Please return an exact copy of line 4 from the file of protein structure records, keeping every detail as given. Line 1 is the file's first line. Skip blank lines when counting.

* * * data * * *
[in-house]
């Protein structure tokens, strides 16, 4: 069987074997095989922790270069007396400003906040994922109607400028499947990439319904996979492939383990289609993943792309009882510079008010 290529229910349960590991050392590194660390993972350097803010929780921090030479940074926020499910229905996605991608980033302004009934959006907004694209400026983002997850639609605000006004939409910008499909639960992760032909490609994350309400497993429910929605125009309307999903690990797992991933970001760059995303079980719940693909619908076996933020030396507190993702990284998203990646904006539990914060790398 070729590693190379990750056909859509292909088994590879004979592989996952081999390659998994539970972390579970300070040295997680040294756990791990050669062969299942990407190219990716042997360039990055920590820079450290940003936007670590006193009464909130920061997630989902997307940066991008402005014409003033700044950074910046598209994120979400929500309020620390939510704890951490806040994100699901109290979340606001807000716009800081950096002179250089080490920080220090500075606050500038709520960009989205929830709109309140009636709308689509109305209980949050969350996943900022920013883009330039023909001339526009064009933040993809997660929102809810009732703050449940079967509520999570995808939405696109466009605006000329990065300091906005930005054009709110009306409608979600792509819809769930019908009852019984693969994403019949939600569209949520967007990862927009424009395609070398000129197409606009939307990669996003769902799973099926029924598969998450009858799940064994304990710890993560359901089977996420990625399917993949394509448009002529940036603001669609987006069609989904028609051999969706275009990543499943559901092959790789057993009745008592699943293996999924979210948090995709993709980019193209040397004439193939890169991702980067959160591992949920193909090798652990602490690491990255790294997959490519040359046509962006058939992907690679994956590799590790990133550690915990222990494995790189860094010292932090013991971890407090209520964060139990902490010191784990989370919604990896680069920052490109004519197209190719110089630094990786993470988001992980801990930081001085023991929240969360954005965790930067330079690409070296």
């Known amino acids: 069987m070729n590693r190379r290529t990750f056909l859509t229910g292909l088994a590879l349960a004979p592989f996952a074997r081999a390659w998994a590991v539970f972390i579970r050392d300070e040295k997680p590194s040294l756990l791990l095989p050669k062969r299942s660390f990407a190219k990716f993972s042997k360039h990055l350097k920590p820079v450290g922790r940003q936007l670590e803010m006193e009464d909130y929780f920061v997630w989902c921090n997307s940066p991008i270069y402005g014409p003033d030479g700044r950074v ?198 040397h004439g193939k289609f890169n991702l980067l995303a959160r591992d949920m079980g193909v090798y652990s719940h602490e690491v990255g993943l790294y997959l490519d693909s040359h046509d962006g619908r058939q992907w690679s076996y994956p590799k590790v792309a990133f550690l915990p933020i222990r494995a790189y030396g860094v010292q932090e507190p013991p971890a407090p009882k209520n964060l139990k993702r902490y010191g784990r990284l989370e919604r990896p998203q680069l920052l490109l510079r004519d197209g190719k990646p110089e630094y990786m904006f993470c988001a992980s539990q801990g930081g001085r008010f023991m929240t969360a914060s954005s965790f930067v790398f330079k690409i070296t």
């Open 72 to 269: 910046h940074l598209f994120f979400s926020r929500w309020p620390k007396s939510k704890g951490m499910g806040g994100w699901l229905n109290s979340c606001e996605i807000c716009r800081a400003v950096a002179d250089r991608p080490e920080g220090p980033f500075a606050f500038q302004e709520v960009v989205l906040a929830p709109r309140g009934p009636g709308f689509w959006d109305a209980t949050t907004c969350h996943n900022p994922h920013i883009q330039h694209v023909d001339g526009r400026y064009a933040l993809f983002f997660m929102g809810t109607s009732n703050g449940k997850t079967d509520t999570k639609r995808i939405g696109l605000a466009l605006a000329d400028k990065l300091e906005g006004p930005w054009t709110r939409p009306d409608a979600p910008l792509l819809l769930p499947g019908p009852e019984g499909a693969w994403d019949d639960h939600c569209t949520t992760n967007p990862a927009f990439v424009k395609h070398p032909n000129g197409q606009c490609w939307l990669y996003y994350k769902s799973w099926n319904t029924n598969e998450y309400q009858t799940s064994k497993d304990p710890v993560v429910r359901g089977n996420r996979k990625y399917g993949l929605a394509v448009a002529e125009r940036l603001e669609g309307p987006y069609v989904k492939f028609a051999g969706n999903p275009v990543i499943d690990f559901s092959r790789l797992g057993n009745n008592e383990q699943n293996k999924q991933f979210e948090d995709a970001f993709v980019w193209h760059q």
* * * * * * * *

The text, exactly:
């Open 72 to 269: 910046h940074l598209f994120f979400s926020r929500w309020p620390k007396s939510k704890g951490m499910g806040g994100w699901l229905n109290s979340c606001e996605i807000c716009r800081a400003v950096a002179d250089r991608p080490e920080g220090p980033f500075a606050f500038q302004e709520v960009v989205l906040a929830p709109r309140g009934p009636g709308f689509w959006d109305a209980t949050t907004c969350h996943n900022p994922h920013i883009q330039h694209v023909d001339g526009r400026y064009a933040l993809f983002f997660m929102g809810t109607s009732n703050g449940k997850t079967d509520t999570k639609r995808i939405g696109l605000a466009l605006a000329d400028k990065l300091e906005g006004p930005w054009t709110r939409p009306d409608a979600p910008l792509l819809l769930p499947g019908p009852e019984g499909a693969w994403d019949d639960h939600c569209t949520t992760n967007p990862a927009f990439v424009k395609h070398p032909n000129g197409q606009c490609w939307l990669y996003y994350k769902s799973w099926n319904t029924n598969e998450y309400q009858t799940s064994k497993d304990p710890v993560v429910r359901g089977n996420r996979k990625y399917g993949l929605a394509v448009a002529e125009r940036l603001e669609g309307p987006y069609v989904k492939f028609a051999g969706n999903p275009v990543i499943d690990f559901s092959r790789l797992g057993n009745n008592e383990q699943n293996k999924q991933f979210e948090d995709a970001f993709v980019w193209h760059q």